EE's long-trailed 4G LTE service is now open for business. Despite the fact that it's not quite up and running yet (it's due to be switched on for customers on 30 October), pricing for the service is now out, averaging around £5 more than the equivalent 3G contract.
Given the traditional early adopter 'tax' evident in almost all areas of technology, I was never expecting the UK's first 4G network to be cheap. But nor was I expecting EE to exploit its first-to-market advantage quite as blatantly as it is.
For consumers, £36 (every month for two years) gets just 500MB of data on EE's cheapest 4G option. That doesn't sound too outrageous, but I'm totally baffled by the suggestion that someone exists who wants 4G connectivity and is willing to pay a premium for it, but will use it so little that 500MB will last a month.
Just a few weeks ago, I had a chance to test the LTE service. Speed wise, I saw fluctuations between around 6Mbps and 45Mbps. However, EE said it will limit the service to around 12Mbps to provide a dependable, but high-speed, connection on a contended network.
So let's assume it's limited to 12Mbps, and that people sign up for the 500MB option, as they presumably will. In theory, they could use their entire month's data allowance in less than one minute. Unlikely, but possible.
Clearly a 500MB cap on a 4G connection is madness. To be fair, EE told me on Tuesday that the limits were worked out by looking at the data usage across the Orange and T-Mobile networks, where it found an average of 400MB and 1GB per customer respectively.
These figures make the 500MB package a strange level to set a cap at, in my opinion, as the operator presumably expects people to use more data on 4G. This bottom level is there to entice customers to the service.
"Data use may increase with 4G given its faster speeds, which is why we've designed our plans to meet the data needs of a broad range of customer types — there is a plan for everyone," an EE spokeswoman said.
"For customers who want to download multiple songs or stream videos every day, we'd recommend... any available Wi-Fi services" - EE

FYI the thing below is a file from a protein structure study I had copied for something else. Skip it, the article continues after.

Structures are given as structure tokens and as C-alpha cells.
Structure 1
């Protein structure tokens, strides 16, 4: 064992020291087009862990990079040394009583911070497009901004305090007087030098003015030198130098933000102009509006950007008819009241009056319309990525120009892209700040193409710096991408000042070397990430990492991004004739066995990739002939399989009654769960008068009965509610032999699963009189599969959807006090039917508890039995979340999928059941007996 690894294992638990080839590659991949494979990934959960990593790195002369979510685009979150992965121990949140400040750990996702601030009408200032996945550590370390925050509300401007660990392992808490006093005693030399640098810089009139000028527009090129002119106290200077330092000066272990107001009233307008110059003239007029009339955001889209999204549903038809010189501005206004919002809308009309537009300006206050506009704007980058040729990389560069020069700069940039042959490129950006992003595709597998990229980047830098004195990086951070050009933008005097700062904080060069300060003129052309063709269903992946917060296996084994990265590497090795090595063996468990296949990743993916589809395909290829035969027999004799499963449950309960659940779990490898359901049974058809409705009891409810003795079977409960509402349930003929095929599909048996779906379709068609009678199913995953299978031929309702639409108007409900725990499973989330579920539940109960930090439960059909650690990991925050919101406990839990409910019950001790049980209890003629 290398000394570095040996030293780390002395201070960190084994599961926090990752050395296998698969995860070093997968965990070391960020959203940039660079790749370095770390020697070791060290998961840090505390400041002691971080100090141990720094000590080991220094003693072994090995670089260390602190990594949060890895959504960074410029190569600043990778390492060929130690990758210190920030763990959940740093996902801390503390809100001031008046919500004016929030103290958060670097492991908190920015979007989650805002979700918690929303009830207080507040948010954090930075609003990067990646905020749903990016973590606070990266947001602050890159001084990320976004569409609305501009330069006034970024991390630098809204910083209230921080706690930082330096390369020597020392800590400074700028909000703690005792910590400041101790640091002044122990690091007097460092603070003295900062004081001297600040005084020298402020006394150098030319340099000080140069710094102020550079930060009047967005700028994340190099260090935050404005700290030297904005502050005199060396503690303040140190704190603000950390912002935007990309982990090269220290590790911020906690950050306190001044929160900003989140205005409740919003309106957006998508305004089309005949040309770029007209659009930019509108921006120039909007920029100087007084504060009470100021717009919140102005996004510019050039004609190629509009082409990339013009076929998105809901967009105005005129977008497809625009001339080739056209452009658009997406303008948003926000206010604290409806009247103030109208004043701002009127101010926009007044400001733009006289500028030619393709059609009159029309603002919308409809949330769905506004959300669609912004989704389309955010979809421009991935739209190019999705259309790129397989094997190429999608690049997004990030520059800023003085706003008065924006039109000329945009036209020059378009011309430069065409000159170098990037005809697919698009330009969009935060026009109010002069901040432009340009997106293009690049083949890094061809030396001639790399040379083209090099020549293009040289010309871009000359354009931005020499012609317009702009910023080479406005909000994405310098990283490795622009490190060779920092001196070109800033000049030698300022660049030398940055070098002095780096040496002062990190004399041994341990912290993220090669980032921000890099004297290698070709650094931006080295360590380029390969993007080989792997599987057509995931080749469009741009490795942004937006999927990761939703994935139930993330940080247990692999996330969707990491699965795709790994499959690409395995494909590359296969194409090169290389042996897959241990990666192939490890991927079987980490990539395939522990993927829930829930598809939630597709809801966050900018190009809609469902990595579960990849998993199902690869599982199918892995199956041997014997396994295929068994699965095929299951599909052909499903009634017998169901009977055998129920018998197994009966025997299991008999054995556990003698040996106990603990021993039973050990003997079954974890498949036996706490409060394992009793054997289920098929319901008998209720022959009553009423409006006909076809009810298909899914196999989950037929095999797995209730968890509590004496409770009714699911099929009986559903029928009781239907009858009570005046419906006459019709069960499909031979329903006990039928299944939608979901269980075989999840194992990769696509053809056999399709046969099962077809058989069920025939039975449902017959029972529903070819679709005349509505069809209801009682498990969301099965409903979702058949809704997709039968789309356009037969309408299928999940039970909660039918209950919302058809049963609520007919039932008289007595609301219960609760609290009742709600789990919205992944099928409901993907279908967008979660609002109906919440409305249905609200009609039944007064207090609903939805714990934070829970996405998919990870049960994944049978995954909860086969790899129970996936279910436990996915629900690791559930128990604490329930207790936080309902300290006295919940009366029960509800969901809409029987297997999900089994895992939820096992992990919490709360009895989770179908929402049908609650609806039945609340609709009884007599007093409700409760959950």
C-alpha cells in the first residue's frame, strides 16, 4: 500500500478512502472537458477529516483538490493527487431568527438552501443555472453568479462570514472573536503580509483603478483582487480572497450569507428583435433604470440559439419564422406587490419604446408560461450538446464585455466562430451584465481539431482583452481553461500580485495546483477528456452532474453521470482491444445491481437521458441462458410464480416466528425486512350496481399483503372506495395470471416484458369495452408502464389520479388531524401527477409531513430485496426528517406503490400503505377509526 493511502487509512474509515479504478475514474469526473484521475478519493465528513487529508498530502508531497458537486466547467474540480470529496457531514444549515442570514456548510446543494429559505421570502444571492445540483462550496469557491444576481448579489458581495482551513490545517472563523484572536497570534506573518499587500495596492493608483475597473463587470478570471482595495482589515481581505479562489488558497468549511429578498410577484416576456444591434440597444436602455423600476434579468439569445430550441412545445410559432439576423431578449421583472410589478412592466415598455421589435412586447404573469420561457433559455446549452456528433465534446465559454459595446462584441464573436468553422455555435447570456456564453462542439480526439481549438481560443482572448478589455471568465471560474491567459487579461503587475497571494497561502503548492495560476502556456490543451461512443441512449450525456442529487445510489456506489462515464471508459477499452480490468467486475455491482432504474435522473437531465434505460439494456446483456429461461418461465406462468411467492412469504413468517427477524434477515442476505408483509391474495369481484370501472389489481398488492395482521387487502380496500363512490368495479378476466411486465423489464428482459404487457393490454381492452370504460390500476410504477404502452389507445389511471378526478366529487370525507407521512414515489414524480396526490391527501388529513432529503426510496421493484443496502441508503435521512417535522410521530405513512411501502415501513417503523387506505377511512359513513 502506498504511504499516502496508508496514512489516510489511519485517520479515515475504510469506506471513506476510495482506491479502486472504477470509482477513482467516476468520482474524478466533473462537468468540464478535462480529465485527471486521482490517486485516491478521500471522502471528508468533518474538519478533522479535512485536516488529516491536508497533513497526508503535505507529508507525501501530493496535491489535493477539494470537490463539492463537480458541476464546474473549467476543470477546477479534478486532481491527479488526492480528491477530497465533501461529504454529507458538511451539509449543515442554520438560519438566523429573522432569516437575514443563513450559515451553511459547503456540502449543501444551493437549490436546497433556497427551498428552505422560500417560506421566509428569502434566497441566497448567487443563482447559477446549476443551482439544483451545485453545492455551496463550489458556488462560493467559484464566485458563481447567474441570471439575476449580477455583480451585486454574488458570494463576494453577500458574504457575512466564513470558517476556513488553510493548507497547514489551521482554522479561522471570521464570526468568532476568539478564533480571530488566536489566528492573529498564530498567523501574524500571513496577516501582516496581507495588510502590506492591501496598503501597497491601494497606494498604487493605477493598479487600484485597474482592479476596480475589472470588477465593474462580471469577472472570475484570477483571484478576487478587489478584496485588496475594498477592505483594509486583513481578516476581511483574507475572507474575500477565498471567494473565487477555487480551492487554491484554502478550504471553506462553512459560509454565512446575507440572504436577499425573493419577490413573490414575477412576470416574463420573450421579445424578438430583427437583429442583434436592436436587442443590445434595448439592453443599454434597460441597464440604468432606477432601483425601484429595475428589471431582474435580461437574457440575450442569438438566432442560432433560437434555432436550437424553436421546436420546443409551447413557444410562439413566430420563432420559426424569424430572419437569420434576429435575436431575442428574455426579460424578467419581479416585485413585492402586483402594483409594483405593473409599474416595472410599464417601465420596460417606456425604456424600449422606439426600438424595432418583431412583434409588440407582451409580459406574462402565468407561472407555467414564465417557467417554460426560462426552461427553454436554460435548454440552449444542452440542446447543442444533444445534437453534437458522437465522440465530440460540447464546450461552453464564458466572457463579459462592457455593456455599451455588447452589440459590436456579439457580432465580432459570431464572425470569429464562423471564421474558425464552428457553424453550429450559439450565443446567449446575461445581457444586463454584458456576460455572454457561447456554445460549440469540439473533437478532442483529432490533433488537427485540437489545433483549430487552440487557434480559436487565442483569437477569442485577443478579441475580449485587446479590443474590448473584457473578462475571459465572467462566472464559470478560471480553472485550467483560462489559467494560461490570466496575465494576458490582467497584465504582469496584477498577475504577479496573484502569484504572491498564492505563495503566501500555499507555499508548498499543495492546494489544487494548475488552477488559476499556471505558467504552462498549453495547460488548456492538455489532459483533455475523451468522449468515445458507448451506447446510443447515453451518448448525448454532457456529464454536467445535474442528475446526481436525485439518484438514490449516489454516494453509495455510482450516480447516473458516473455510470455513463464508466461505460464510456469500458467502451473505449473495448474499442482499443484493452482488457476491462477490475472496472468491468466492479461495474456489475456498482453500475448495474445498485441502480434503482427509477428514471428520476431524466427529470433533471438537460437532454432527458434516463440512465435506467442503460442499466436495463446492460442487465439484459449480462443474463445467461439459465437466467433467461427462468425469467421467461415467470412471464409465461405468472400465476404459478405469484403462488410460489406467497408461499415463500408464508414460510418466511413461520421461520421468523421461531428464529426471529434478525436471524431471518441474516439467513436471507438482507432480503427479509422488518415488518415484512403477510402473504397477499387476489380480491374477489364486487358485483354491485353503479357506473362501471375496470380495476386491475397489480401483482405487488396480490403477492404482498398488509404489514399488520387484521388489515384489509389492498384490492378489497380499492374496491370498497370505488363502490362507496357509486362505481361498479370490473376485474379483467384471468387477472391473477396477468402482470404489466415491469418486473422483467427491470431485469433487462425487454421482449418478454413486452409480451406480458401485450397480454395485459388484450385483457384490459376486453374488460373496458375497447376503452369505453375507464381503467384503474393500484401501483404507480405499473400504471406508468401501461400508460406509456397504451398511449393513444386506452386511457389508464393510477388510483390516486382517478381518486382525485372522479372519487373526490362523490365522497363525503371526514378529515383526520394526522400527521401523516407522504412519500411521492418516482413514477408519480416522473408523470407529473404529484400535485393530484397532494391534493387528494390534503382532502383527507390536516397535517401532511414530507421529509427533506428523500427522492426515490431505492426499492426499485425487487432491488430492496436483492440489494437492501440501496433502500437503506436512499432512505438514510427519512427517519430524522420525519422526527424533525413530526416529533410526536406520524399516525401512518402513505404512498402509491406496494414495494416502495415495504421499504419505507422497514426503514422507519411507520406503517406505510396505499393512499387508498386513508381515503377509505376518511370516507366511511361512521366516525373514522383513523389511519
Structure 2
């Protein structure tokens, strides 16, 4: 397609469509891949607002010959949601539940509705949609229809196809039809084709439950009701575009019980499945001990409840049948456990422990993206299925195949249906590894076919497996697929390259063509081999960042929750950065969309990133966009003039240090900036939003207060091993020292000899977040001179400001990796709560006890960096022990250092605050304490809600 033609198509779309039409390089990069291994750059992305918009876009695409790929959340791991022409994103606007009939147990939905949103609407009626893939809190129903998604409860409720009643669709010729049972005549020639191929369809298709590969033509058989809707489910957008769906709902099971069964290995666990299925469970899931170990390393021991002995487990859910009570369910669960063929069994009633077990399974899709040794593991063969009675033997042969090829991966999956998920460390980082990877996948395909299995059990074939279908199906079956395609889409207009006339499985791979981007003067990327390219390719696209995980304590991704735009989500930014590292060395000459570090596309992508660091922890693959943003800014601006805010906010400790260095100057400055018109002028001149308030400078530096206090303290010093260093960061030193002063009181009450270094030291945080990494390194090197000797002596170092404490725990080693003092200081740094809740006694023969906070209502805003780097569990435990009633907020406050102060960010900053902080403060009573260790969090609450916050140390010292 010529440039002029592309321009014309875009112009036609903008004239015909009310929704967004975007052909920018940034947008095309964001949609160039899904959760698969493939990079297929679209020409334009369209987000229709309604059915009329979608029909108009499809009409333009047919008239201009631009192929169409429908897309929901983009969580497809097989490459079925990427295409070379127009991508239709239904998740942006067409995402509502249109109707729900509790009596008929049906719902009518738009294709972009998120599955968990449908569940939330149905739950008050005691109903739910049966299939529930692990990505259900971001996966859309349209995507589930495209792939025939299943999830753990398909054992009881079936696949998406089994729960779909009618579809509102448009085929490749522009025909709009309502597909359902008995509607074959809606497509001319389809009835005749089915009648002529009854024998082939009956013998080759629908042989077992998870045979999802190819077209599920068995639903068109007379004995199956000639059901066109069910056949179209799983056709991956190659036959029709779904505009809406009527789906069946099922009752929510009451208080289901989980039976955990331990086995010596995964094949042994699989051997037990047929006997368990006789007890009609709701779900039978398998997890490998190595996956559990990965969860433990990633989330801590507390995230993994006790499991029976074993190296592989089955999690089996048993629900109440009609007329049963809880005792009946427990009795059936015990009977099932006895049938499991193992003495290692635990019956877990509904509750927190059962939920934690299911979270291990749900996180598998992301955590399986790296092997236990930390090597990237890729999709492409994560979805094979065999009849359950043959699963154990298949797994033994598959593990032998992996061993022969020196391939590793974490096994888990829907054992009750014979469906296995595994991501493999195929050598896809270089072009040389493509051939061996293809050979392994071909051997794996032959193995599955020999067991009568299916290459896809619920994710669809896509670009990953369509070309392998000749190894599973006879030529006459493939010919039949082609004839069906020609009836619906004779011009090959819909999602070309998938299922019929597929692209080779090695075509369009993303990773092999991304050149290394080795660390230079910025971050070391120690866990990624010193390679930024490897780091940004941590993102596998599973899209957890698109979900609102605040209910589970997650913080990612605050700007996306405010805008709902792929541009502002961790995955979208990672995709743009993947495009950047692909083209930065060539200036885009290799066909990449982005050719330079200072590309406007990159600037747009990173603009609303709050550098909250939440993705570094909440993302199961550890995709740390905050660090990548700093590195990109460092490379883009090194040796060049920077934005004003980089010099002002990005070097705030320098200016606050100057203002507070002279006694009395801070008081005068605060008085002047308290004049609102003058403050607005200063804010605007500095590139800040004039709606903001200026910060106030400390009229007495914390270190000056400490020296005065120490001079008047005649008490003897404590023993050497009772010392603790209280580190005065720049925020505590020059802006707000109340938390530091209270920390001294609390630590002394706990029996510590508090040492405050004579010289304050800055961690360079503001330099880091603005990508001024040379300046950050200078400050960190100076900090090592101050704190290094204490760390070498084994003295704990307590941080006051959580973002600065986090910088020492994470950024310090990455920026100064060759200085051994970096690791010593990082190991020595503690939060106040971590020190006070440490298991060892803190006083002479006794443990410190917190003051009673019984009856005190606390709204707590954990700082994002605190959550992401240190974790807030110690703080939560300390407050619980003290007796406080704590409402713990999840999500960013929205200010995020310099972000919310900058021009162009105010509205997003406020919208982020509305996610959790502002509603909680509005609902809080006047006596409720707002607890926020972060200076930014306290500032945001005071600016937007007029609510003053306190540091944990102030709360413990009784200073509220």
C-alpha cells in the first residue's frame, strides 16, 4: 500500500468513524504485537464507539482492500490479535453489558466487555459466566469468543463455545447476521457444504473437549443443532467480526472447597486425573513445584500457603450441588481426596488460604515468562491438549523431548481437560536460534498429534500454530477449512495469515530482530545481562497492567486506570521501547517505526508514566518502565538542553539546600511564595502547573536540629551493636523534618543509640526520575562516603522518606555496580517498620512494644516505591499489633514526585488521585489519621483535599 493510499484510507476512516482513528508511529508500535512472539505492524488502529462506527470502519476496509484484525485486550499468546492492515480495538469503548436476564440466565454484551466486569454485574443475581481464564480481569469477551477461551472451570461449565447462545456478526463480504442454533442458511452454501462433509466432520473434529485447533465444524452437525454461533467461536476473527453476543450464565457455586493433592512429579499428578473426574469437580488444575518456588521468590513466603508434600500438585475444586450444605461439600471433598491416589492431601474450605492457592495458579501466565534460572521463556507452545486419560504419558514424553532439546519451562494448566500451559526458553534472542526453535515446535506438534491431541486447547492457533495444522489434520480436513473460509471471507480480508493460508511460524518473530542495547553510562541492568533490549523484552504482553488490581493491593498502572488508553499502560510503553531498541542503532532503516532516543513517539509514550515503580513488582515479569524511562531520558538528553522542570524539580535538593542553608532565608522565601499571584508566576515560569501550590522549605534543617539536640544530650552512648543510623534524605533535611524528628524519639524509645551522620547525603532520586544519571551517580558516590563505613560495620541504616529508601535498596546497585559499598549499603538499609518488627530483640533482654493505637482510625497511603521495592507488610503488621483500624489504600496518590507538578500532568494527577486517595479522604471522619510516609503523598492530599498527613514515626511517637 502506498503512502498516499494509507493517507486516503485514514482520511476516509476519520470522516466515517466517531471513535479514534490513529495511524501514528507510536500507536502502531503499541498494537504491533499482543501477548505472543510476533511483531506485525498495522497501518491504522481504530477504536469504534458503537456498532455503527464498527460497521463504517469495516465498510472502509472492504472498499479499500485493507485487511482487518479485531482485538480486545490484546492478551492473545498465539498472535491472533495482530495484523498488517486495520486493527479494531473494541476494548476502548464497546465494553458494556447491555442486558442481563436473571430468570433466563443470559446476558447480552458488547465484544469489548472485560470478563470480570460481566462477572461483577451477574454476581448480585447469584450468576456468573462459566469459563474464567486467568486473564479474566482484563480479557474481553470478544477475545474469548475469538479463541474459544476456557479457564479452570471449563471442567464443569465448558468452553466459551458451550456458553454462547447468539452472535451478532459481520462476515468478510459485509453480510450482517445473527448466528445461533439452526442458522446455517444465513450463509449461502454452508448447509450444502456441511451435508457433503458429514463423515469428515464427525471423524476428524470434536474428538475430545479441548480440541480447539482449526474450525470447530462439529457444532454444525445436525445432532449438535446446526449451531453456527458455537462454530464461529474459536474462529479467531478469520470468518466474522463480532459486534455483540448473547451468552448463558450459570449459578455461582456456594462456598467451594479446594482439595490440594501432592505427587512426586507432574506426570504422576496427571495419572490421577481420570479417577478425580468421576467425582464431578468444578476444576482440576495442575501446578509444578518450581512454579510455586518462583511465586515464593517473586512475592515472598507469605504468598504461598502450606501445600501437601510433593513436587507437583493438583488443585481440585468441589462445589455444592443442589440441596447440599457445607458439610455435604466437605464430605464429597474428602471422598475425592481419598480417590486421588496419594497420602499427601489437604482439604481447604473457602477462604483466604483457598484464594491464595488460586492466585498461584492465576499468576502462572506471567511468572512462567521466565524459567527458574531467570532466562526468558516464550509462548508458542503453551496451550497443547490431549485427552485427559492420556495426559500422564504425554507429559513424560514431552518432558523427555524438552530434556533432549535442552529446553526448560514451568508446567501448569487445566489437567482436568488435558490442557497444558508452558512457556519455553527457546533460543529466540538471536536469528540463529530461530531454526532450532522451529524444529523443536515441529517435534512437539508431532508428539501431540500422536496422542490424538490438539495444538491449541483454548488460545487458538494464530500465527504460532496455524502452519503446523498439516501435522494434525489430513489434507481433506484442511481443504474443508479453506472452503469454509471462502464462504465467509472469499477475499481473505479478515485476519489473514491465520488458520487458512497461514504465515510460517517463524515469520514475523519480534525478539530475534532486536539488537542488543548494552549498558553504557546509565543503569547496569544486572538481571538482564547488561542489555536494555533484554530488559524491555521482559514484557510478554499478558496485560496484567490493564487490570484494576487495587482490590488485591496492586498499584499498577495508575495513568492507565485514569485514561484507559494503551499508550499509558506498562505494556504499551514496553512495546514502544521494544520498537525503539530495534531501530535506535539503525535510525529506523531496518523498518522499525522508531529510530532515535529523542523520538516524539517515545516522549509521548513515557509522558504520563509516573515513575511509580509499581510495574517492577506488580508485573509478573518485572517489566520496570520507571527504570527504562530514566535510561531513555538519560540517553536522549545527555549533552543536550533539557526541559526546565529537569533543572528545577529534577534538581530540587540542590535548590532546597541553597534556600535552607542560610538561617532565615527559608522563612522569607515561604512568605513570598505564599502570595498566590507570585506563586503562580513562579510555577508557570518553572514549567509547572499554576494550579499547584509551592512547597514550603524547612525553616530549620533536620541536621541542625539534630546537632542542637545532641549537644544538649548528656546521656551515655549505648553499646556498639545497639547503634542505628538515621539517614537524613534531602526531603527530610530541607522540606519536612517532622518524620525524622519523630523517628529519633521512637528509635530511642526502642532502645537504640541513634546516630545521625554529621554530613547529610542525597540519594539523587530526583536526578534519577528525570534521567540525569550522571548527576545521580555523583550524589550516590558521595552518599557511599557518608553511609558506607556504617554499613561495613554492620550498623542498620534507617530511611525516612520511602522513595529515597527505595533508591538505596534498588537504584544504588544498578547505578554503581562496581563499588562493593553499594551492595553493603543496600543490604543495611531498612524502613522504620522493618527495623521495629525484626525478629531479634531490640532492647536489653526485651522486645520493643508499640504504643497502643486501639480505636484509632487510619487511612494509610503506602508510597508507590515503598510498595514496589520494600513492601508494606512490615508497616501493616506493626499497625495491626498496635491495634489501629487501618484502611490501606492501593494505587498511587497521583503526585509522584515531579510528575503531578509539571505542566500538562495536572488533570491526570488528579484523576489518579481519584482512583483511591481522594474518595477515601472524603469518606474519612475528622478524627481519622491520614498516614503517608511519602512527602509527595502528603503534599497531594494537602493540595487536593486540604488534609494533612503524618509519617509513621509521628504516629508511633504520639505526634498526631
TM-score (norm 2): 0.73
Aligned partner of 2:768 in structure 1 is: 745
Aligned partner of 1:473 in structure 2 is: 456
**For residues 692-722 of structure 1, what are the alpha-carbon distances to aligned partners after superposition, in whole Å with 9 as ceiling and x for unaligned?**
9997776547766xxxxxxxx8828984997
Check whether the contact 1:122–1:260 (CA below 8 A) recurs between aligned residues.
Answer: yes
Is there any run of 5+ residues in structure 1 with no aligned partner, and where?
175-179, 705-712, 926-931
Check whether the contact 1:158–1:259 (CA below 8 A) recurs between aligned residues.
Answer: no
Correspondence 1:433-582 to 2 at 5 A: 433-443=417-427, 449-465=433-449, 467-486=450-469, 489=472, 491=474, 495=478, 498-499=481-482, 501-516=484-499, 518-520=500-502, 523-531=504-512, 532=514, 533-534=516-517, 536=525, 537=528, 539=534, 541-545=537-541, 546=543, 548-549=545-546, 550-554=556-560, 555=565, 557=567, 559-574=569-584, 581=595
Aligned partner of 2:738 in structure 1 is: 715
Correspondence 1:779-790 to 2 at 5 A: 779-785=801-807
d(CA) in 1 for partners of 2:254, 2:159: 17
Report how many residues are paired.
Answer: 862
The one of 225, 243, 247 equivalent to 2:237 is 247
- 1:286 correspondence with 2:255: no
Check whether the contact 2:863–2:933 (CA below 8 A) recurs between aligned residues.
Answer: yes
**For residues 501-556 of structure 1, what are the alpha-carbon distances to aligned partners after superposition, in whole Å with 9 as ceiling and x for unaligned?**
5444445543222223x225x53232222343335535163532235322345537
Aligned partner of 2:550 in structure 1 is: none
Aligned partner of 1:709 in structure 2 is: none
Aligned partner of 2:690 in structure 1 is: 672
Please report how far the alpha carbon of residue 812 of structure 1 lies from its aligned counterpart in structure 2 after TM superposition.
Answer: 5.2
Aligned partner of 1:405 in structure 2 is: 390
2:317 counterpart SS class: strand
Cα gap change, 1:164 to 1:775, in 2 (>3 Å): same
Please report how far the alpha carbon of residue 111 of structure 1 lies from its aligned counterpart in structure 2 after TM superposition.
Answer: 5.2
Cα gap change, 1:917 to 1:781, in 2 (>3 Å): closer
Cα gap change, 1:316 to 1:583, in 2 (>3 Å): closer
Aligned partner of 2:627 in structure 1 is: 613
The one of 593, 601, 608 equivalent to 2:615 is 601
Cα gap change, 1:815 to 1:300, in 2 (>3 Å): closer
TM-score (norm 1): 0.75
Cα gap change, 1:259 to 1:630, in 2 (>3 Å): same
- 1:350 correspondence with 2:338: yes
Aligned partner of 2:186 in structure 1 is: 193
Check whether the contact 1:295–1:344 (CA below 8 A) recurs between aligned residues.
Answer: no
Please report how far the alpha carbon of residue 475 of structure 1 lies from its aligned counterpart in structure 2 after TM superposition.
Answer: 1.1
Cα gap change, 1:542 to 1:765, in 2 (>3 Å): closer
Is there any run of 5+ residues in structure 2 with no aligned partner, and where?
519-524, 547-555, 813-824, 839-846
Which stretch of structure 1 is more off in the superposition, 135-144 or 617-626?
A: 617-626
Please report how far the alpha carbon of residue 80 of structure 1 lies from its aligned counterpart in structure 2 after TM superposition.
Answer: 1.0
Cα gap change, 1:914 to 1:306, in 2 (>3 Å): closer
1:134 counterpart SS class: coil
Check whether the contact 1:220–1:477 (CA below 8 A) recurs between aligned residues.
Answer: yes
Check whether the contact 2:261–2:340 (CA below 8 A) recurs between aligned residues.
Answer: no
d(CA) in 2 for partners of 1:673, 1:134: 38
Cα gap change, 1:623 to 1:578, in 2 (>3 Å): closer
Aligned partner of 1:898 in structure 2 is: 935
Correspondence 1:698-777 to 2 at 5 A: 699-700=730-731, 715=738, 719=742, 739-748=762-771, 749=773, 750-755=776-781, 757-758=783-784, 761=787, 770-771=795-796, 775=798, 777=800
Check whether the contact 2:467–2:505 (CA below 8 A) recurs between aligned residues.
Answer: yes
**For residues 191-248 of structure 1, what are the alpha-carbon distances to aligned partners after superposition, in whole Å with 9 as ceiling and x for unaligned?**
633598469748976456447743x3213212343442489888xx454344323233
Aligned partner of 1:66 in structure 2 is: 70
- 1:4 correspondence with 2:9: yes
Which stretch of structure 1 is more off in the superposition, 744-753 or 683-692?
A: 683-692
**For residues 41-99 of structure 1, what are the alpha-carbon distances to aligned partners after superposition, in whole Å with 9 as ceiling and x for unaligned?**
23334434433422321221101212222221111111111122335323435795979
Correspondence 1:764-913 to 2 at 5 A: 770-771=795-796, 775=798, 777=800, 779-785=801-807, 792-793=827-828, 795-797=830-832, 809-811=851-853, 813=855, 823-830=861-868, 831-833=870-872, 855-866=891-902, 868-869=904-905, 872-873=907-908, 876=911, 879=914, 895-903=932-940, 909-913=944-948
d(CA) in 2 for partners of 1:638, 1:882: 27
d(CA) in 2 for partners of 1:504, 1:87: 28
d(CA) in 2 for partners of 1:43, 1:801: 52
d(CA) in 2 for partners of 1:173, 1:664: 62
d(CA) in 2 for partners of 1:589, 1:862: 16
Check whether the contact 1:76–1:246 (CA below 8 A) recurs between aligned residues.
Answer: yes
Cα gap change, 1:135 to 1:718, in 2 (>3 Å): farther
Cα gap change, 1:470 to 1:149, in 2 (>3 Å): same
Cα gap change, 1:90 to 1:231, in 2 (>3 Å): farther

"For customers who want to download multiple songs or stream videos every day, we'd recommend they go for one our plans with a higher data limit or use our free BT Wi-Fi or any available Wi-Fi services," she added.
If you do plan on watching the odd video on the way into the office, or using Spotify on your phone, it makes more sense to get a higher data package, if only to avoid having to buy a data add-on every month. However, this increases the monthly price to £41 for 1GB, or £46 if you want 3GB. The maximum package provides 8GB for £56. (EE did say that across T-Mobile and Orange, only its top 10 percent of users burn through 6GB of data or more each month.)
For most people, £50 or so a month for a mobile contract is quite a lot of money. Even if you go for the second-place 1GB package, you'd pay £984 across the 24 months — a hefty whack for a phone.
One thing I am pleased to see with EE's 4G pricing is the adoption of warnings when you're approaching your data limit. I also like the ability to buy boosters to add more data, rather than it reverting to pay-as-you-go pricing.
Only game in town
Of course, EE has a head start on its rivals in 4G services; in the best case, it will be May 2013 before another operator can start up its network. The former Everything Everywhere is the only game in town for customers who want to enjoy the benefits of high-speed connectivity on their mobile device.
When the other networks do launch, I'd hope pressure from the likes of Three, Vodafone and O2 will force the price for 4G services down. The opposite could happen: if the market responds well to £45-plus per month, then why would an operator want to be the one to drive the price down for the consumer?
Or let's imagine EE sees a low take-up for 4G — would prices drop then, to try to get more on board? Perhaps, but the operators do need to pay for their network build-out and other costs.
The obvious gap in EE's price plans is the lack of an unlimited data option. But judging by the cost of an 8GB-per-month package, I fear I'd baulk at the bottom line anyway.
EE is providing the equivalent of 'introductory' pricing with its 500MB-level tariff. Is this realistic? I'd argue that 1GB is the average now on 3G, and 3GB will very quickly become the norm. Once we get to that point, EE's customers will be midway through a two-year contract, meaning they'll be left with the option of renegotiating or cutting back on their data usage — which somewhat defeats the whole idea of 4G.